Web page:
Seven Cooperative Principles
What are co-ops?
Cooperatives are owned by their members—the people who receive services from them—and are found in many industries. For example, more than 900 electric co-ops serve 42 million Americans. According to the National Cooperative Grocers Association, 30 percent of farmers’ products are marketed through more than 3,000 farmer-owned cooperatives in America. Familiar brands like SunKist, Land O’Lakes, Cabot Creamery, Ocean Spray, and Sun-Maid are all co-ops formed to help farmers distribute products.
In banking, 10,000 credit unions provide financial services to 84 million members across the nation. Co-ops have also been formed to provide child care, insurance, and housing. Nearly 30,000 cooperatives operate at 73,000 locations nationally.
The cooperative movement traces its roots to a store started by weavers in the town of Rochdale, England in 1844. The Rochdale model revolved around a set of guidelines drawn up by one of its members, Charles Howarth. When introduced into the U.S. by the National Grange in 1874, these “Rochdale Principles” fueled a cooperative explosion.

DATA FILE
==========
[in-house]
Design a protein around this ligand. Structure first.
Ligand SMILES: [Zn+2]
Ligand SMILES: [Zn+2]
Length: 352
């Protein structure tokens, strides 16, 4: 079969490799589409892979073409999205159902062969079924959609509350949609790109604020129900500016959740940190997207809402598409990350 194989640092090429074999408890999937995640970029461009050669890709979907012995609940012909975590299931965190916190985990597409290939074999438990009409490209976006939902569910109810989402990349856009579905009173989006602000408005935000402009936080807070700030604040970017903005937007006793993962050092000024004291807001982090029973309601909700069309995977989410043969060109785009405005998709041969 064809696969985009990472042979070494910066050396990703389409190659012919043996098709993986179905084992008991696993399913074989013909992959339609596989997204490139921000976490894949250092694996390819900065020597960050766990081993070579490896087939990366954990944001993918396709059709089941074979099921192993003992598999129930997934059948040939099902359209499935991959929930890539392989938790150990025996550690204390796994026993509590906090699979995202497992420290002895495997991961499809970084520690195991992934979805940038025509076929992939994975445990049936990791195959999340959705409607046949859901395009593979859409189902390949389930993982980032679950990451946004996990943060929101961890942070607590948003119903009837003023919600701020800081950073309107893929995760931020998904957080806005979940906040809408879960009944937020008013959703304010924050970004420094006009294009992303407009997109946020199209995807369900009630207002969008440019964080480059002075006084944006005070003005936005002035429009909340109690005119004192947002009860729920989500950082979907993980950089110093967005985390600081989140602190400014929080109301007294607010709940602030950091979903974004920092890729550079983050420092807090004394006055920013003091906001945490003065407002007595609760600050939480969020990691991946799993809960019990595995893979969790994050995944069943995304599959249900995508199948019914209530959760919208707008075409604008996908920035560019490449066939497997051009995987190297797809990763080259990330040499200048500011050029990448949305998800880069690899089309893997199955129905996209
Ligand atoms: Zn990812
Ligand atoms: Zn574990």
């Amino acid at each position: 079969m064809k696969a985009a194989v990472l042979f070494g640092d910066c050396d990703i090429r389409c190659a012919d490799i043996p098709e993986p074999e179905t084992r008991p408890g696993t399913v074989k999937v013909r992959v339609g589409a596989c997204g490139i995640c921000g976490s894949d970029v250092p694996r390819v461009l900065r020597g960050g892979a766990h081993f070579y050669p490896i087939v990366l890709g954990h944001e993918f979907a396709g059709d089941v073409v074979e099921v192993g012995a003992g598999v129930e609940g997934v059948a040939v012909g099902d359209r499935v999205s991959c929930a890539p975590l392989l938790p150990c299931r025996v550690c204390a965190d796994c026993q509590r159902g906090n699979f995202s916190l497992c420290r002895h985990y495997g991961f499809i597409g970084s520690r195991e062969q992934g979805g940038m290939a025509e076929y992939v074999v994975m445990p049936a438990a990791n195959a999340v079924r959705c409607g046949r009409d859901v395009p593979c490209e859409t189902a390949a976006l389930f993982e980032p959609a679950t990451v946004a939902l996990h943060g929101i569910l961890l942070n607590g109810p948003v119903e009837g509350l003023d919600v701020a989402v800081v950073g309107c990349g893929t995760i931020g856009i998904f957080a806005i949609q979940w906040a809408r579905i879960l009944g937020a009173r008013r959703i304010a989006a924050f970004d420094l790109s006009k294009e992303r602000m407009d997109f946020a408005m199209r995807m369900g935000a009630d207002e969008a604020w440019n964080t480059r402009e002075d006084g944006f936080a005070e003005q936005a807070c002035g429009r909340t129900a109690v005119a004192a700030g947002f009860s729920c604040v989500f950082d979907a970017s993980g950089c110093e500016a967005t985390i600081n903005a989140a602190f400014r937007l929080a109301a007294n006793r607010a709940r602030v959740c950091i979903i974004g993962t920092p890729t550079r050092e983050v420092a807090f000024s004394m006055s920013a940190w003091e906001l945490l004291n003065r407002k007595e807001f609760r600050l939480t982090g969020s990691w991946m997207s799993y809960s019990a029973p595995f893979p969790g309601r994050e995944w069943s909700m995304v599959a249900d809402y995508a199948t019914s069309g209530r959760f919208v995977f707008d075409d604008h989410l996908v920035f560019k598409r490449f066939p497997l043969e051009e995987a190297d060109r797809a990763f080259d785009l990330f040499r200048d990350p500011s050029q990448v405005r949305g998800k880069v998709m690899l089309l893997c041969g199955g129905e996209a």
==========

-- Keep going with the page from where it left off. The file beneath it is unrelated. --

Although stated in many ways, the Rochdale Principles hold that a cooperative must provide:
- Voluntary And Open Membership: Membership in a cooperative is available to all who can reasonably use its services, regardless of race, religion, sex, or economic circumstances.
- Democratic Member Control: Co-ops are democratically controlled, with each member having one vote. As a result, control remains in the hands of all customers. Directors are elected from the membership.
- Members’ Economic Participation: Cooperatives provide services “at cost” and remain not-for-profit regardless of the value of benefits delivered. Any money left over after all expenses are paid—margins—belongs to the members. Each member’s share in the margin is determined by the amount of his or her use of the co-op’s services.
- Autonomy and Independence: Cooperatives are self-sustaining, self-help organizations controlled by their members. If cooperatives enter into agreements with others or raise money from outside sources, they do so on terms that maintain democratic control as well as their unique identity.
- Education, Training, and Information: Keeping members, directors, managers, and employees up to date on issues so they can effectively govern the co-op. Communication, particularly with young members and opinion leaders, helps generate necessary public support for cooperatives.
- Cooperation Among Cooperatives: Mutual support helps cooperatives improve services, bolster local economies, and deal more effectively with social and community needs.
- Concern For Community: Cooperatives develop communities with programs supported by the membership.
To learn about electric cooperatives, visit www.nreca.coop.